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Center for Taiji Studies



Center for Taiji Studies Research
Table Summary of Select Taiji Research Studies
KinesiologyHuman DynamicsTaiji ReferencesMeditation References

Author Category Design Subjects Results
Van Deusen
& Harlowe,
1987
Orthopedic disease (rheumatoid arthritis) Randomized controlled clinical trial Rheumatoid arthritis - Taiji: 17 Control: 16 Taiji has positive effects on the range of motion of the upper extremities.
Jin, 1989 Psychological & Physiological Randomized controlled trial Healthy-- Beginners: 33 Practitioners: 33 Taiji practice has positive effects as moderate exercise in selected psychological and physiological measures.
Kirsteins, et al., 1991 Orthopedic disease (rheumatoid arthritis) Comparative study Two Taiji groups: 20, 20 Two control groups: 11, 9 "Taiji appears safe to RA patients and may serve as an alternative for their exercise therapy and part of their rehabilitation program."
Tse & Bailey, 1992 Postural control Cross-sectional study Healthy community dwelling elderly- Taiji: 9 Non-Taiji: 9 Taiji has positive effects on postural control.
Lai, et al., 1993 Cardiorespiratory function Case control study Healthy community dwelling middle aged adults-- Taiji: 41 Control: 49 "Taiji may be beneficial to the cardiorespiratory function of older individuals."
Lai, et al., 1995 Cardiorespiratory function Cohort study, Comparative study Healthy community dwelling older adults-- Taiji: 45 Control: 39 Taiji practice may delay the decline of cardiorespiratory function of older adults. Taiji is an aerobic exercise.
Lan, et al., 1996 Cardiorespiratory function Case control study Healthy community dwelling older adults-- Taiji: 41 Control: 35 "Taiji practitioners have higher peak oxygen uptake and higher oxygen uptake at the ventilatory threshold.Taiji can be prescribed as a conditioning exercise for older adults."
Schaller 1996 Cardiorespiratory function, Balance Controlled clinical trial Community dwelling elders-- Taiji: 24 Control: 22 Taiji practice improved balance but not systolic and diastolic blood pressure. Taiji might help community dwelling elders improve their balance. (Note - 10 Week intervention is too short to see change in blood presure.)
Wolf et al., 1996 Cardiorespiratory function, Fall Prospective, randomized controlled clinical trial Community dwelling elderly adults-- Taiji: 72 Balance: 64 Education: 64 Taiji training reduced the rate of falls and fear of falling, and lowered blood pressure.
Wolfson et al., 1996 Fall Randomized controlled trial Healthy community dwelling older adults-- Balance: 28 Strength: 28 Balance + Strength: 27 Control: 27 Taiji training has the effect of maintaining the significant balance and strength gains obtained in strength and balance training.
Jacobson, et al., 1997 Balance training Randomized controlled trial Healthy volunteers with mean age of 45-- Taiji: 12 Control: 12 Taiji training improved lateral body stability and the strength of the dominant knee extensor significantly. Taiji may be a low stress method for lateral stability and the strength of knee extensor.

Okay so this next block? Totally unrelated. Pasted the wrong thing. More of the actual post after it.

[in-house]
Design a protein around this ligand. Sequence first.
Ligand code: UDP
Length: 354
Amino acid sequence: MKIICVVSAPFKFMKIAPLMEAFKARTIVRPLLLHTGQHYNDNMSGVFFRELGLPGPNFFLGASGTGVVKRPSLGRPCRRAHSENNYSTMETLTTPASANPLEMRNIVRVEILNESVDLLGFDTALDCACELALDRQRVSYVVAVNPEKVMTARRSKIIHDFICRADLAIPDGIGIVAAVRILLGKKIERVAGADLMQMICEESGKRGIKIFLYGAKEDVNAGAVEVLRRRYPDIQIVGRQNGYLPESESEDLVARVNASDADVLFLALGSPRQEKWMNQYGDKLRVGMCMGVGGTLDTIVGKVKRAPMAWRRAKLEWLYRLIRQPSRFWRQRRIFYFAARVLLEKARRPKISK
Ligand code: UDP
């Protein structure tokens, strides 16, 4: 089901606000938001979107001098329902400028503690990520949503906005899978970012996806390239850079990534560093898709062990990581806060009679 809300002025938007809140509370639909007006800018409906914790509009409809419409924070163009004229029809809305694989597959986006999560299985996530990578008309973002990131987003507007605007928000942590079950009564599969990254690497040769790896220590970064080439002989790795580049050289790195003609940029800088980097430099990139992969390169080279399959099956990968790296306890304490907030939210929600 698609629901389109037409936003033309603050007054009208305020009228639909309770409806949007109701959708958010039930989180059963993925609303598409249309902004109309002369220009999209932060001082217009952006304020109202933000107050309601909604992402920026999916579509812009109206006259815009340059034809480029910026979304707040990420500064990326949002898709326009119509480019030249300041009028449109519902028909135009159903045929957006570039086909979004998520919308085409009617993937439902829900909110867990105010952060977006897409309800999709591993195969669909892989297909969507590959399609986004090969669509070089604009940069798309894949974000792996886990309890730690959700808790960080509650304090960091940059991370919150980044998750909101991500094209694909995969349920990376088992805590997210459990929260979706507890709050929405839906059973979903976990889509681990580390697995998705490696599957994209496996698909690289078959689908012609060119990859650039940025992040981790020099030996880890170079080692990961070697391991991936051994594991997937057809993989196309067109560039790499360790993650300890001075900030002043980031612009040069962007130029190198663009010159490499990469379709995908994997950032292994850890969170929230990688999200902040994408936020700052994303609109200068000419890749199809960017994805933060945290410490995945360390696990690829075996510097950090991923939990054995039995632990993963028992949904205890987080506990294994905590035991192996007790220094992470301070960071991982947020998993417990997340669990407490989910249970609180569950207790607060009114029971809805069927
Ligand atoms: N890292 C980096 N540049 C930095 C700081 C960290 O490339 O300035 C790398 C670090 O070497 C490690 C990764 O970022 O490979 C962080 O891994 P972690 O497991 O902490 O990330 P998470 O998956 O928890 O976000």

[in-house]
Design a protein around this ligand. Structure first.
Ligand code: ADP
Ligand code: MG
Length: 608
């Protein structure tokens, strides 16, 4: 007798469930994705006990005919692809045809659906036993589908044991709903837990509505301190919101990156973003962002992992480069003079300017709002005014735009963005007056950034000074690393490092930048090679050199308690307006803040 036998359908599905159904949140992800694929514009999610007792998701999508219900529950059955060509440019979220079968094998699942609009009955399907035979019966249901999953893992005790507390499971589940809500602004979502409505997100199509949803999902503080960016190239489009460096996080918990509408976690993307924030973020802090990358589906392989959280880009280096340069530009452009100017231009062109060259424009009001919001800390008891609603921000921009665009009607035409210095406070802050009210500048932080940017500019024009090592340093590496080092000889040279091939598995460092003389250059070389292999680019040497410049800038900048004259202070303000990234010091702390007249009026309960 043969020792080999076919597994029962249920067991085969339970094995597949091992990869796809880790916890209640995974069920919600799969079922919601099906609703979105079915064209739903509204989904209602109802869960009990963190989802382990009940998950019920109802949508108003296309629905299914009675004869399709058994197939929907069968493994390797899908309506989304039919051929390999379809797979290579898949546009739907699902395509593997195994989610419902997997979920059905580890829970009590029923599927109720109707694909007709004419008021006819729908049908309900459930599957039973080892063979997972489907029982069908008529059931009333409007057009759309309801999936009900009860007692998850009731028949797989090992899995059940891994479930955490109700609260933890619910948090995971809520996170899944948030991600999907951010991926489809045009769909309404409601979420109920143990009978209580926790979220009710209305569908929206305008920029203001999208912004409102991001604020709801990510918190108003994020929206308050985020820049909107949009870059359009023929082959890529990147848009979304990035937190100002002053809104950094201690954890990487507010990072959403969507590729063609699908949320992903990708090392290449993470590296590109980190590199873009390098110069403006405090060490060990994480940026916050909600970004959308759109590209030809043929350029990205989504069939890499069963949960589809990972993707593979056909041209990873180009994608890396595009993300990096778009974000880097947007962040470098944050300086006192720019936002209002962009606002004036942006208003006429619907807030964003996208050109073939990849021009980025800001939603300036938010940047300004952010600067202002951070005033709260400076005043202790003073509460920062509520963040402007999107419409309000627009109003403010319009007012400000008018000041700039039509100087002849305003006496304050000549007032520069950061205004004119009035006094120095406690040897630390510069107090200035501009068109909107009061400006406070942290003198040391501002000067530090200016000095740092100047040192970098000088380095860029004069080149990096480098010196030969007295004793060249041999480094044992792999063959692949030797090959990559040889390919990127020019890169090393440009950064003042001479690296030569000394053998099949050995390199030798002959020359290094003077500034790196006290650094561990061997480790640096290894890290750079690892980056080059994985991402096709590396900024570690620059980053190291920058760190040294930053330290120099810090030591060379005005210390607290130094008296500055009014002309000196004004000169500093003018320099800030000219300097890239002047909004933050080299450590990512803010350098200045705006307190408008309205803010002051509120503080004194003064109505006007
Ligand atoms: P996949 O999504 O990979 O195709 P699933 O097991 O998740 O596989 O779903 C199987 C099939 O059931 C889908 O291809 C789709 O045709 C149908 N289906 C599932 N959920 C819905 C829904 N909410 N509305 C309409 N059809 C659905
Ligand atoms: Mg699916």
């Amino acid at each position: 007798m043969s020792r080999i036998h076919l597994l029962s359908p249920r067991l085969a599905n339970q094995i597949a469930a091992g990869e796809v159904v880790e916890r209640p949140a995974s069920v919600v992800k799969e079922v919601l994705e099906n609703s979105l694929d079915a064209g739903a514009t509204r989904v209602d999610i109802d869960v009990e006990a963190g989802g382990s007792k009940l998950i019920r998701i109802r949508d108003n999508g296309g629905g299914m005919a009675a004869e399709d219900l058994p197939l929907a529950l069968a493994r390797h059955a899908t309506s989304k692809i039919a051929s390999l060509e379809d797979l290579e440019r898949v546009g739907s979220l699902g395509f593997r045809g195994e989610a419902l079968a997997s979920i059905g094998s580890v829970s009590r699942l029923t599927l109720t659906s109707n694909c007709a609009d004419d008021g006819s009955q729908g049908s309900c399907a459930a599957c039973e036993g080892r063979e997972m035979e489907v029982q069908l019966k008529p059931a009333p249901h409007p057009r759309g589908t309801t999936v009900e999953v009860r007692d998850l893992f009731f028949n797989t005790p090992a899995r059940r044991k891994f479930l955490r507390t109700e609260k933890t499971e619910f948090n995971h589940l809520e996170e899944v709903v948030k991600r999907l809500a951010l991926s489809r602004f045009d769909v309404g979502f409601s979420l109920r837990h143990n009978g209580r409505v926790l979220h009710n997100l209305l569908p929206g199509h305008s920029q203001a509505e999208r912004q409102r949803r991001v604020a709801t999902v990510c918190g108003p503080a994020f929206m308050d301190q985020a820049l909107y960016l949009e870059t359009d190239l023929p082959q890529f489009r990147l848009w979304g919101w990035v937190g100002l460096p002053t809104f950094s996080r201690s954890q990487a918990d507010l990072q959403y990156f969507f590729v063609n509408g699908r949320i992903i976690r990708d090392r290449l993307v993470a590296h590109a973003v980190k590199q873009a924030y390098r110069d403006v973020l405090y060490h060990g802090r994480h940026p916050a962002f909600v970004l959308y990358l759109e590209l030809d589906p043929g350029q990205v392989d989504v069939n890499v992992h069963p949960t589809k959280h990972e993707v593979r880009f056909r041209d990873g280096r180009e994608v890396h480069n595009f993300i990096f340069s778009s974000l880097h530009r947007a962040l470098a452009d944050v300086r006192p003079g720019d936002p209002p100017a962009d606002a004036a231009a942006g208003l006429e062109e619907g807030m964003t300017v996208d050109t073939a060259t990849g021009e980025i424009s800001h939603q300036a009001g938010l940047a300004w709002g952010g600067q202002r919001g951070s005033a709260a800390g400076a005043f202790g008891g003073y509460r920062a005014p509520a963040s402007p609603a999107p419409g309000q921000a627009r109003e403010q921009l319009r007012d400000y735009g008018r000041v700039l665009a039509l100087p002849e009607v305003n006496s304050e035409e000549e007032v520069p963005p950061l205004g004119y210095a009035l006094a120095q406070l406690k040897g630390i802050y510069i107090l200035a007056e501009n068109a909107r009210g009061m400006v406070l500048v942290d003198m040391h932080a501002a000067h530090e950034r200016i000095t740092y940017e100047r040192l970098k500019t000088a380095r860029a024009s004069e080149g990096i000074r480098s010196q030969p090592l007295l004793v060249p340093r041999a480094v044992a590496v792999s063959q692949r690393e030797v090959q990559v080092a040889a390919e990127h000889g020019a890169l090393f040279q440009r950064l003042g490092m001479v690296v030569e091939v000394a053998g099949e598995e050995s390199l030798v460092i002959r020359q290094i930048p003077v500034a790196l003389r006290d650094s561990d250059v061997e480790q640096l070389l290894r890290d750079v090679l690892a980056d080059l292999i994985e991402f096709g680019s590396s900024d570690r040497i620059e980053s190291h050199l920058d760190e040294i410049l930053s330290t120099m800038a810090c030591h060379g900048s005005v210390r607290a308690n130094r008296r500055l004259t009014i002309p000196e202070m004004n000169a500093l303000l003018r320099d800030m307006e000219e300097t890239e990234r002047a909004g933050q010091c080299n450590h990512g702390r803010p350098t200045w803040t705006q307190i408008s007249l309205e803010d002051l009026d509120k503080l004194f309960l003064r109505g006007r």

Kutner et al., 1997 Psychological Prospective, randomized controlled clinical trial Community dwelling elderly adults-- Taiji: 72 Balance: 64 Education: 64 Both TC and BT increased participants' confidence in balance and movement, but only TC affected daily activities and their overall life.
Lan, et al., 1998 Health fitness Case (taiji, voluntarily ) and control study Community dwelling elderly adults-- Taiji: 20 Control: 18 TC group significantly improved VO2max, flexibility, and strength of knee extensor and flexor. A 12-month Taiji program appears effective to improve older adults' fitness.
Yan, J. H., 1998 Postural control Motor control ? Subjects chose to do taiji or walking Older adults at nursing home-- Taiji: 28; Walking: 10 Taiji may improve older adults' dynamic balance and smoothness of arm movement.
Hain et al., 1999 Postural control Before-after trial (?) 22 with mild balance disorders Taiji training significantly improved balance.
Husted et al., 1999 Psychosocial and effects Nonrandomized study Patients with multiple sclerosis An 8-week Taiji training increased walking speed by 21% and hamstring flexibility by 28%. Patients also improved in vitality, social functioning, mental health, and ability to carry out physical and emotional roles.
Lan, et al., 1999 Cardiorespiratory function Prospective study Low-risk with coronary artery bypass surgery (CABS)-- Taiji: 9 Control: 11 Taiji training increased VO2 and work rate. Taiji also increased ventilatory threshold VO2 and work rate. Taiji can favorably enhance cardiorespiratory function for low risk patients with coronary artery bypass surgery.